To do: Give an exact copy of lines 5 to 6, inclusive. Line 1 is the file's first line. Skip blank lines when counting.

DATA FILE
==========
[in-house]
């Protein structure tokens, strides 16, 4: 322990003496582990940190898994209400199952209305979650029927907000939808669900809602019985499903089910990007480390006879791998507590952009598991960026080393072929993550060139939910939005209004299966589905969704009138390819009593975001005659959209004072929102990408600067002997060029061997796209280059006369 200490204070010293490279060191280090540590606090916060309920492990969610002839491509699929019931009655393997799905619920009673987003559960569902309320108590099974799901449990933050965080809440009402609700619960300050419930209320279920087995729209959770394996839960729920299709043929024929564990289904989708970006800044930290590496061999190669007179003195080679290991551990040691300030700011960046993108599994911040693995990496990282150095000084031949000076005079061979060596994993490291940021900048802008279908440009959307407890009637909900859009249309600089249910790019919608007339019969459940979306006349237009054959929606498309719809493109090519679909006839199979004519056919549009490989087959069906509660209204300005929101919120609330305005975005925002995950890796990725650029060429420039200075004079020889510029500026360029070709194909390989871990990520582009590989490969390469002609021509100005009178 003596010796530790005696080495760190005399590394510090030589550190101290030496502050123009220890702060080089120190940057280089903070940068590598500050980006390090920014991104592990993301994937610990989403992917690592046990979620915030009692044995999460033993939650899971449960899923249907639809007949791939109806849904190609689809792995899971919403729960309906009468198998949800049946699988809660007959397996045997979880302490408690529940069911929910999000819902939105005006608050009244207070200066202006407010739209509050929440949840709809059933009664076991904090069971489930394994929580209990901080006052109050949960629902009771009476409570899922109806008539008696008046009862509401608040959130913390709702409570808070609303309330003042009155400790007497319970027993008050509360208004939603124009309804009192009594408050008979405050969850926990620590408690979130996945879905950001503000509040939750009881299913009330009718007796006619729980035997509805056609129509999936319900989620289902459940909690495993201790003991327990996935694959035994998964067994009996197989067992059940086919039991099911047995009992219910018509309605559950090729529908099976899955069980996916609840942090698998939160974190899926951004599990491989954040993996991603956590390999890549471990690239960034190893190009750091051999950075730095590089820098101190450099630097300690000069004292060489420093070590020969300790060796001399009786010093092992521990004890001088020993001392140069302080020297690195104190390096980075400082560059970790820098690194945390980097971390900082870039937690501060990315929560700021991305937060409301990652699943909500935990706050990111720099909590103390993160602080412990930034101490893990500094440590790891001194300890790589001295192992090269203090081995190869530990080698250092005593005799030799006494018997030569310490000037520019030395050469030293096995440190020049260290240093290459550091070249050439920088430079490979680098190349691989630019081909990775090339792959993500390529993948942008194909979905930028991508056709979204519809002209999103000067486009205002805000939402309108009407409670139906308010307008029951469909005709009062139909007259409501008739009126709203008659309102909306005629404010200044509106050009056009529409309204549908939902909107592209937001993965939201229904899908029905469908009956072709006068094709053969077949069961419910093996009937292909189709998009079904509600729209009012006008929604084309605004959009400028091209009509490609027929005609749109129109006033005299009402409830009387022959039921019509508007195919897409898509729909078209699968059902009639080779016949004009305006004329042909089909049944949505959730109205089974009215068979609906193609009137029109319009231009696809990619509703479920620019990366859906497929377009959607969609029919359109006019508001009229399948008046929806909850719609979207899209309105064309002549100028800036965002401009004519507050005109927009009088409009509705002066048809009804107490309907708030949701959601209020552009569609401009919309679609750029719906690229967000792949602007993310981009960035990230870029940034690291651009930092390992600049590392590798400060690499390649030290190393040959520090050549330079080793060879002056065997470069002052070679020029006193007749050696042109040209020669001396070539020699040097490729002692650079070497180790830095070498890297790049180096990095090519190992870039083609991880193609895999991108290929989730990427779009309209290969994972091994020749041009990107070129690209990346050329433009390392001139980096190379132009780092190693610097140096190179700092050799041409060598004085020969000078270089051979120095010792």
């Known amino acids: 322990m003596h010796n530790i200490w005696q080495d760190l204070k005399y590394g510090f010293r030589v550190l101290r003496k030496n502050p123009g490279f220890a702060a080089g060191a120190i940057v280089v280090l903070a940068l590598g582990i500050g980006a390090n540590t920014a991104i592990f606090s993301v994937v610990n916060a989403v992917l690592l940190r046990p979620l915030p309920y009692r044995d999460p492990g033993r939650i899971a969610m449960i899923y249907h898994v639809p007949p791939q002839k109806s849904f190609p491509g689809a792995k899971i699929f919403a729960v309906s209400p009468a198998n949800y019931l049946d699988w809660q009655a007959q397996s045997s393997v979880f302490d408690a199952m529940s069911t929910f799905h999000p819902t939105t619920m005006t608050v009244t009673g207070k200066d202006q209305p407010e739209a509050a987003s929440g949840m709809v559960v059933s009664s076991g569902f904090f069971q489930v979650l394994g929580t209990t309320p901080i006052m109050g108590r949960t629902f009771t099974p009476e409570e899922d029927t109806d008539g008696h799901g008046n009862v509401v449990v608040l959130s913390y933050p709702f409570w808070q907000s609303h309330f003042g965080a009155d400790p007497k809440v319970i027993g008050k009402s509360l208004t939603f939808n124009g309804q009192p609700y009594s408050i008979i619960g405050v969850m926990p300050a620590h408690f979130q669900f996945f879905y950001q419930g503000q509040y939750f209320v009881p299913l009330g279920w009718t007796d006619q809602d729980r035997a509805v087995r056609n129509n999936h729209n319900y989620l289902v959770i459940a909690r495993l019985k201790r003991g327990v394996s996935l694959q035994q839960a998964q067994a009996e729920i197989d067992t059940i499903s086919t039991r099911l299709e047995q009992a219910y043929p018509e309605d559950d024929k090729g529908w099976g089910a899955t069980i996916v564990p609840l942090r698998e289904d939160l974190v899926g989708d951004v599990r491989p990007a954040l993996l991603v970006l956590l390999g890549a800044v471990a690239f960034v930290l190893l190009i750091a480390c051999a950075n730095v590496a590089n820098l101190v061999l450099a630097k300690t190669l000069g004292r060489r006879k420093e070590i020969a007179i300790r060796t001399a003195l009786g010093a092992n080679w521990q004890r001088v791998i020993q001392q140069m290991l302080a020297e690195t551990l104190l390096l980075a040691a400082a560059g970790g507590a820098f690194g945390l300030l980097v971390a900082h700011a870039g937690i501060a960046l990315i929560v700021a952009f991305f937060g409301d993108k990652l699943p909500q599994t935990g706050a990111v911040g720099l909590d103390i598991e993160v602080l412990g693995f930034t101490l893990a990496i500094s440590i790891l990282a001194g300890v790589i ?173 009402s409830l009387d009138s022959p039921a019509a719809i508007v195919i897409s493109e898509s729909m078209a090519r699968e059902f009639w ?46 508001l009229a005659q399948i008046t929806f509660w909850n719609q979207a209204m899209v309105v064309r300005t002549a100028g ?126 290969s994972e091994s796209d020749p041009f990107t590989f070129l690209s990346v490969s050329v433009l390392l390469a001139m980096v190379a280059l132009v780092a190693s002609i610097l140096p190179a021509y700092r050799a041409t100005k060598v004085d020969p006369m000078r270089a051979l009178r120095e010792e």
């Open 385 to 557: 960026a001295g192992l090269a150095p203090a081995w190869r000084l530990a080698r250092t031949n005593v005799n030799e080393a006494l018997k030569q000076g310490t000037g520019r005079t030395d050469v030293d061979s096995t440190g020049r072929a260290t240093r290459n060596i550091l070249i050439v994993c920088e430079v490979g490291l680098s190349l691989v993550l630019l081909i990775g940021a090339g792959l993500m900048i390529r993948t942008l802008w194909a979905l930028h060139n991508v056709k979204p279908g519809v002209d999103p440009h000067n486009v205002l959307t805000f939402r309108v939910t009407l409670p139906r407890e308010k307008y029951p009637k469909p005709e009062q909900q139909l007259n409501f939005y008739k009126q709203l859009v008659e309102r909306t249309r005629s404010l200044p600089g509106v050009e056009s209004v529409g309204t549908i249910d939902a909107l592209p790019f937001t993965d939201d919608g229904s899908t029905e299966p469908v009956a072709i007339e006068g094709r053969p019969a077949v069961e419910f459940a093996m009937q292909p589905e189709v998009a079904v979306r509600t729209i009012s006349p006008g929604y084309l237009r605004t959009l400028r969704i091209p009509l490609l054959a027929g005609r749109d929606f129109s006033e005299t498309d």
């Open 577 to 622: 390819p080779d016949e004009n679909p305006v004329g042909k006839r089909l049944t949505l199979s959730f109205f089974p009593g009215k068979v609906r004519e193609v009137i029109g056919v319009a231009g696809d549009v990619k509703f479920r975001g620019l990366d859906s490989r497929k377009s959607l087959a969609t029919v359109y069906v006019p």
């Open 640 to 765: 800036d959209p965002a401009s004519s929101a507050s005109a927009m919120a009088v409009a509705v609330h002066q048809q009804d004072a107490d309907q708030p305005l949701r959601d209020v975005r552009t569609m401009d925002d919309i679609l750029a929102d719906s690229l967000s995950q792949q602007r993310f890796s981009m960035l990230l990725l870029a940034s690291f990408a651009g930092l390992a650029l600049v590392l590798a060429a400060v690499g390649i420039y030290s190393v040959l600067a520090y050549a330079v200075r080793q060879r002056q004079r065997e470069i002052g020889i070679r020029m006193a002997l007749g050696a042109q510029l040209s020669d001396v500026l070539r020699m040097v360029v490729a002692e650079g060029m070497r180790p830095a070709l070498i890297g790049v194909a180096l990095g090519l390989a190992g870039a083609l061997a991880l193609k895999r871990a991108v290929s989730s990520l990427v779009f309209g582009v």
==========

């Open 577 to 622: 390819p080779d016949e004009n679909p305006v004329g042909k006839r089909l049944t949505l199979s959730f109205f089974p009593g009215k068979v609906r004519e193609v009137i029109g056919v319009a231009g696809d549009v990619k509703f479920r975001g620019l990366d859906s490989r497929k377009s959607l087959a969609t029919v359109y069906v006019p």
């Open 640 to 765: 800036d959209p965002a401009s004519s929101a507050s005109a927009m919120a009088v409009a509705v609330h002066q048809q009804d004072a107490d309907q708030p305005l949701r959601d209020v975005r552009t569609m401009d925002d919309i679609l750029a929102d719906s690229l967000s995950q792949q602007r993310f890796s981009m960035l990230l990725l870029a940034s690291f990408a651009g930092l390992a650029l600049v590392l590798a060429a400060v690499g390649i420039y030290s190393v040959l600067a520090y050549a330079v200075r080793q060879r002056q004079r065997e470069i002052g020889i070679r020029m006193a002997l007749g050696a042109q510029l040209s020669d001396v500026l070539r020699m040097v360029v490729a002692e650079g060029m070497r180790p830095a070709l070498i890297g790049v194909a180096l990095g090519l390989a190992g870039a083609l061997a991880l193609k895999r871990a991108v290929s989730s990520l990427v779009f309209g582009v």